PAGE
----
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Mohamed v The King [2023] VSCA 177

See full judgment: Austlii.

The offender was sentenced following conviction for 1 count of attempting to engage in a terrorist act contrary to ss 11.1(1) and 101.1(1) of the Commonwealth Criminal Code and 1 count of engaging in a terrorist act contrary to s 101.1(1) of the Commonwealth Criminal Code. Offender later sentenced following conviction for an additional count of conspiring to do acts in preparation for or planning a terrorist act contrary to ss 11.5(1) and 101.6(1) of the Commonwealth Criminal Code. Original sentences together imposed 38 years imprisonment with a non-parole period of 28 years and 6 months. Offender previously appealed against the second sentence on the ground that the sentencing judge had failed to take into account family hardship. Offender resentenced to 32 years imprisonment with a non-parole period of 24 years. Offender now appeals against the first sentence on the ground that the sentencing judge failed to take into account family hardship.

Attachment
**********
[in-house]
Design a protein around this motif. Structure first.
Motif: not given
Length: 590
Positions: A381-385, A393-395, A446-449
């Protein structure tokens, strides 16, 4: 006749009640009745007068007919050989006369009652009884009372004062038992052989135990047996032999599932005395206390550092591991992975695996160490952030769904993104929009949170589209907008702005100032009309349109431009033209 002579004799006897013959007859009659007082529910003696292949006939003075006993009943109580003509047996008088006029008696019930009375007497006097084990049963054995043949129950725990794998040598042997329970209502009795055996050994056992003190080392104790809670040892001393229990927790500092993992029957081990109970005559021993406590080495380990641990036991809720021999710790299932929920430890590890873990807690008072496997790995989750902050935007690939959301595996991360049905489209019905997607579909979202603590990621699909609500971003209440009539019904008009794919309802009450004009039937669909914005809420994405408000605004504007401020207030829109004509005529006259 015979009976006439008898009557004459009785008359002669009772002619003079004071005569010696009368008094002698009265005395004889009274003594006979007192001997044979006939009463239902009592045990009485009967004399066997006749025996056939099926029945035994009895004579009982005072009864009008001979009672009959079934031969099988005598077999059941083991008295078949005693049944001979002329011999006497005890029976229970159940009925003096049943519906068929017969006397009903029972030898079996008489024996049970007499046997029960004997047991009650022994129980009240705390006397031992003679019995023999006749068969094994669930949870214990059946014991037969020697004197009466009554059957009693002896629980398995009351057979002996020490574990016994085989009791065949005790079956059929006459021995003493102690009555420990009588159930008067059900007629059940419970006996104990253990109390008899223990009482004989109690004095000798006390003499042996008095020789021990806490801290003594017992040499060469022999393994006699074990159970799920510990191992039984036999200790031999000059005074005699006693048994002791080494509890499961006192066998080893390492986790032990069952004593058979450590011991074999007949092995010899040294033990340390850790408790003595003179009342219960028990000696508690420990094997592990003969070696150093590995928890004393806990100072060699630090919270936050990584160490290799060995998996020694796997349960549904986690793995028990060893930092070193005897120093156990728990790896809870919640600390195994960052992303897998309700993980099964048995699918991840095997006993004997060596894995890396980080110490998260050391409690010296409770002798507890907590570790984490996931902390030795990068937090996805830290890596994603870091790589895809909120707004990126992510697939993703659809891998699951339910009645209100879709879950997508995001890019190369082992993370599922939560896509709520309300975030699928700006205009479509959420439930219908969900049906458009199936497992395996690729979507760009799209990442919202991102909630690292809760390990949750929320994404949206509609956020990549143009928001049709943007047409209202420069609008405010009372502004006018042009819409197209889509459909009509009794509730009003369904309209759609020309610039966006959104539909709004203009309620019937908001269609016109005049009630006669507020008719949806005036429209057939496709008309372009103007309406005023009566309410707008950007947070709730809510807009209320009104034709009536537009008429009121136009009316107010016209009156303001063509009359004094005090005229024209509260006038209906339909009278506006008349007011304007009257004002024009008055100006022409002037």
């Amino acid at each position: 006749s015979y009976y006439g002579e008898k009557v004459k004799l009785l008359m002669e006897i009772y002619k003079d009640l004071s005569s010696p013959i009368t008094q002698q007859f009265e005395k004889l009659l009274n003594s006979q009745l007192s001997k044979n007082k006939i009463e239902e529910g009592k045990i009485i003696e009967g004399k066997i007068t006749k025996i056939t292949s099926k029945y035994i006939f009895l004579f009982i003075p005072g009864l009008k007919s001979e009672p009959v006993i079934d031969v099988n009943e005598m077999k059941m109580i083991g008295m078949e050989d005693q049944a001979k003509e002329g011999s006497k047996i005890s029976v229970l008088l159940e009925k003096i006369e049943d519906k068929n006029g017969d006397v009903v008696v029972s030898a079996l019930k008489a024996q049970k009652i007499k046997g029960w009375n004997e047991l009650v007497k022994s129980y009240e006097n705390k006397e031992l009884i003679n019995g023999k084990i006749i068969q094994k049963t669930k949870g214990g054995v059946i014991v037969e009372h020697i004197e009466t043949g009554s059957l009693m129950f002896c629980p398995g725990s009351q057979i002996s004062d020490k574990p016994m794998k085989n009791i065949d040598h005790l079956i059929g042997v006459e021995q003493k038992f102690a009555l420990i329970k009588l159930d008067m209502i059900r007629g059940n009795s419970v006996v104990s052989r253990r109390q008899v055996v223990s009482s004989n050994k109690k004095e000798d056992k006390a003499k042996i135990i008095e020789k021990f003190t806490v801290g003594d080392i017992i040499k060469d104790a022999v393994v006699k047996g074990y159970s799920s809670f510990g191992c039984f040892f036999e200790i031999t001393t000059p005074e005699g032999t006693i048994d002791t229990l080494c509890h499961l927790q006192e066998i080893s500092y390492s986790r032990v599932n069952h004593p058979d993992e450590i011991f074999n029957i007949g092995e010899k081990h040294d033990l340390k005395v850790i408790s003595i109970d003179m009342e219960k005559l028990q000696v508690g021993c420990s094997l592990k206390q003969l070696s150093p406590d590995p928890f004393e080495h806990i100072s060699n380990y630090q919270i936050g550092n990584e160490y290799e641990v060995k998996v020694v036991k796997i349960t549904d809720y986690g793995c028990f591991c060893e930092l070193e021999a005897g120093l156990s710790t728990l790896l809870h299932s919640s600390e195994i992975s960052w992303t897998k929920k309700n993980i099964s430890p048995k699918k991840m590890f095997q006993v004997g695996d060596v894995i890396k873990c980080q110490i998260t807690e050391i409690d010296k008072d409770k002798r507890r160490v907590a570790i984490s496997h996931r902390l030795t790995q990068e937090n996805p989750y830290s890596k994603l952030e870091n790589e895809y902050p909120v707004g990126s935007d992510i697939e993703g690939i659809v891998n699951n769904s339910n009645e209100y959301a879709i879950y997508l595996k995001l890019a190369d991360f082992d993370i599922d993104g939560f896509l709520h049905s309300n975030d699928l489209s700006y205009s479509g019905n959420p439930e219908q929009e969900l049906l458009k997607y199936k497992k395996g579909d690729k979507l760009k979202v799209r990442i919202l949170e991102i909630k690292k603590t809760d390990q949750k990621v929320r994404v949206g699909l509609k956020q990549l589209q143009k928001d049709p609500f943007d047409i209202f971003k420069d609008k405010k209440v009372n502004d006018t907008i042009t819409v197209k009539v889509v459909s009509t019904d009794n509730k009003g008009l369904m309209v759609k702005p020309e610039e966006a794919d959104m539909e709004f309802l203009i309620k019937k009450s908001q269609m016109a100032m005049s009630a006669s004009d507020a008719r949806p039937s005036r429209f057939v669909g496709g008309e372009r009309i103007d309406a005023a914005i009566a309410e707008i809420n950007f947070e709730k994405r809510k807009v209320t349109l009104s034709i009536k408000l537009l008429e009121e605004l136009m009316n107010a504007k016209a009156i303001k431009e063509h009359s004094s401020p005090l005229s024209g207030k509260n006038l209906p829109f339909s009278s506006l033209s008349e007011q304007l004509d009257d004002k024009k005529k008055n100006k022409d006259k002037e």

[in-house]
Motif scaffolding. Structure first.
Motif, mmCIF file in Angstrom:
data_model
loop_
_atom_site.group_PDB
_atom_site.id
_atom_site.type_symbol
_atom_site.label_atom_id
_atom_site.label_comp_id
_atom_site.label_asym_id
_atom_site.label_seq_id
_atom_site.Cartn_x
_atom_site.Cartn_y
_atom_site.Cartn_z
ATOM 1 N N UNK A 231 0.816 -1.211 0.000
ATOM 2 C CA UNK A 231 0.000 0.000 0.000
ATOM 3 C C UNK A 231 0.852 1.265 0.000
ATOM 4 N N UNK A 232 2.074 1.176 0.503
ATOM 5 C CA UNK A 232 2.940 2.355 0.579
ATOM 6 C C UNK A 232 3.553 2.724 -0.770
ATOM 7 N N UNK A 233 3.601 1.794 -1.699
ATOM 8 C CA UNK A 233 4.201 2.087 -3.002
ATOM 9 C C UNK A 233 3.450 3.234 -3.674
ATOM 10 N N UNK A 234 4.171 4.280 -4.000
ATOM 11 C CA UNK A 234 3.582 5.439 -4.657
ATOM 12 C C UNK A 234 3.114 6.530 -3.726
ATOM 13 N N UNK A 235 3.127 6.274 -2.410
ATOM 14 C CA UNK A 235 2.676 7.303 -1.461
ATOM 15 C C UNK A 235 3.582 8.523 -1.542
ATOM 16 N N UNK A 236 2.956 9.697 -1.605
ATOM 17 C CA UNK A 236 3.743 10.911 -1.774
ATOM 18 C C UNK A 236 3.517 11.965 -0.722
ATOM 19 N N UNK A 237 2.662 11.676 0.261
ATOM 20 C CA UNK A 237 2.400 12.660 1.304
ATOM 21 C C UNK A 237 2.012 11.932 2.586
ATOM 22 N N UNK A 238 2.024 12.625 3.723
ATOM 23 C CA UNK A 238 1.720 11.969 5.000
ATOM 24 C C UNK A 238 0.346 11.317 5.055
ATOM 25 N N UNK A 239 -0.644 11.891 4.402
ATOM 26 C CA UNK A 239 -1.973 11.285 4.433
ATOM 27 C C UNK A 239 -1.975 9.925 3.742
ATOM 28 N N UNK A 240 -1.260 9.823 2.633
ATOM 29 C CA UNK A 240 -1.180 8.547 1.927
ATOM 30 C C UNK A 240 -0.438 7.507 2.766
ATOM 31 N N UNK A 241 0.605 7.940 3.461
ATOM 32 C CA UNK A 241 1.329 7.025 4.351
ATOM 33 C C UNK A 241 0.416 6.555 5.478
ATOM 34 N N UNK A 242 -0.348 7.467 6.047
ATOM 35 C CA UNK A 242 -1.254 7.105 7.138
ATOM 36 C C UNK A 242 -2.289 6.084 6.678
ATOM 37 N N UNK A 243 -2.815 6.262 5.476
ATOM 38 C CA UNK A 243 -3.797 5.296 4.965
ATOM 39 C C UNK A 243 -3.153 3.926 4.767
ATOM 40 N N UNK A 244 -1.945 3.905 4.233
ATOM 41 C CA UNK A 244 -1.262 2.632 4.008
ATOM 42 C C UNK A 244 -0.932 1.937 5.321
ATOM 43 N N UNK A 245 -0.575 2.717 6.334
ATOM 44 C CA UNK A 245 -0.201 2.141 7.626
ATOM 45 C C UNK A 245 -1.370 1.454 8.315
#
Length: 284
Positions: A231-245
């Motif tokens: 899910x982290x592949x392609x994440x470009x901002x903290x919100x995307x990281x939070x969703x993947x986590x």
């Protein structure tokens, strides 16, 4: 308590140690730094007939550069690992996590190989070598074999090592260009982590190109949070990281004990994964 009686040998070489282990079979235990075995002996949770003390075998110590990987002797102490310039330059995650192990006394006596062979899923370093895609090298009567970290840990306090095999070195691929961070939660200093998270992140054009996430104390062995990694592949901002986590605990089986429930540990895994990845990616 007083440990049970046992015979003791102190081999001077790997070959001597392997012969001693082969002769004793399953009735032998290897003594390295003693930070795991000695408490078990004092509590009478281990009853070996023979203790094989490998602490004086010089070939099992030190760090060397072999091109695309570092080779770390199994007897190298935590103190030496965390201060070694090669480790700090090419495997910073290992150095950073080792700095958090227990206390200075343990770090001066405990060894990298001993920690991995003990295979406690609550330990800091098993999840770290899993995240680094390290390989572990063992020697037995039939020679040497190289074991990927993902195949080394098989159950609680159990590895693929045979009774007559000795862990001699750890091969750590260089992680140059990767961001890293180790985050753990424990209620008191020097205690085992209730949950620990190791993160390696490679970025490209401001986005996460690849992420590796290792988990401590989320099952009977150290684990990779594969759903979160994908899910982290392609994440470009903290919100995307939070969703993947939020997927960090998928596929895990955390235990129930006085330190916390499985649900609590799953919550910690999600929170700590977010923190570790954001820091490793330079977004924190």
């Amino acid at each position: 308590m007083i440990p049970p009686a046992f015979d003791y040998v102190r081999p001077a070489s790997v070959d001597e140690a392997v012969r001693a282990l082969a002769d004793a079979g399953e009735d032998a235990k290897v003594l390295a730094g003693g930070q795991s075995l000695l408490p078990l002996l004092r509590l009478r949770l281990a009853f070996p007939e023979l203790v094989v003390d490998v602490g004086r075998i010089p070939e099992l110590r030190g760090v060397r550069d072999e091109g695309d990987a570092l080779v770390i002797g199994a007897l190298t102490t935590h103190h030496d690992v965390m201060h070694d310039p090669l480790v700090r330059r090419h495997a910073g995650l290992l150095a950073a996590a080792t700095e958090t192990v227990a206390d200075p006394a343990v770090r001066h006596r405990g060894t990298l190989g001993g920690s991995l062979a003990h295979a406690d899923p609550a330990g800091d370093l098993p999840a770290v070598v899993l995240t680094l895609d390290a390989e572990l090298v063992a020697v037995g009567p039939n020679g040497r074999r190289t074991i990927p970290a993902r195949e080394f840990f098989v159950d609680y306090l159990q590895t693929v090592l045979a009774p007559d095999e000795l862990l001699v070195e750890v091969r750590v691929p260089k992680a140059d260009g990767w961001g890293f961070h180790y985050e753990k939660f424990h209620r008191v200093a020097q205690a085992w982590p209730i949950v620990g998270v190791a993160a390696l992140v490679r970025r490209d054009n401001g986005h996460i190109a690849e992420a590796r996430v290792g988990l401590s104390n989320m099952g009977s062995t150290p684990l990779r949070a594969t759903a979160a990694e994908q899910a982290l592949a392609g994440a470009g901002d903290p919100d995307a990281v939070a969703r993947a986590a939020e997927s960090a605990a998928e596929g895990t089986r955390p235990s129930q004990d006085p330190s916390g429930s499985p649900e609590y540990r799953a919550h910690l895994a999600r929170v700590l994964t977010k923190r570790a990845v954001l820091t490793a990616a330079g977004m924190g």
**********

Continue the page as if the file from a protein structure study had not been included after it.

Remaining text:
Family and Dependants: It is conceded by the Crown that the sentencing judge, whose sentence was passed 10 days before Totaan [v the Queen [2022] NSWCCA 75] was handed down, did not take into account family hardship and that, in light of Totaan, was an error. When the Court resentenced offender to a new total effective head sentence and new non-parole period in the first appeal, it imposed a sentence that more than adequately captures the entirety of the offending and the entirety of the relevant factors in mitigation, including the post-Totaan concept of family hardship. Whilst the first sentence failed tot take into account a mildly relevant fact to sentencing, the total effective sentence of 32 years imprisonment with a non-parole period of 24 years is modest indeed for the overall criminality exhibited by offender.

Leave to appeal refused.

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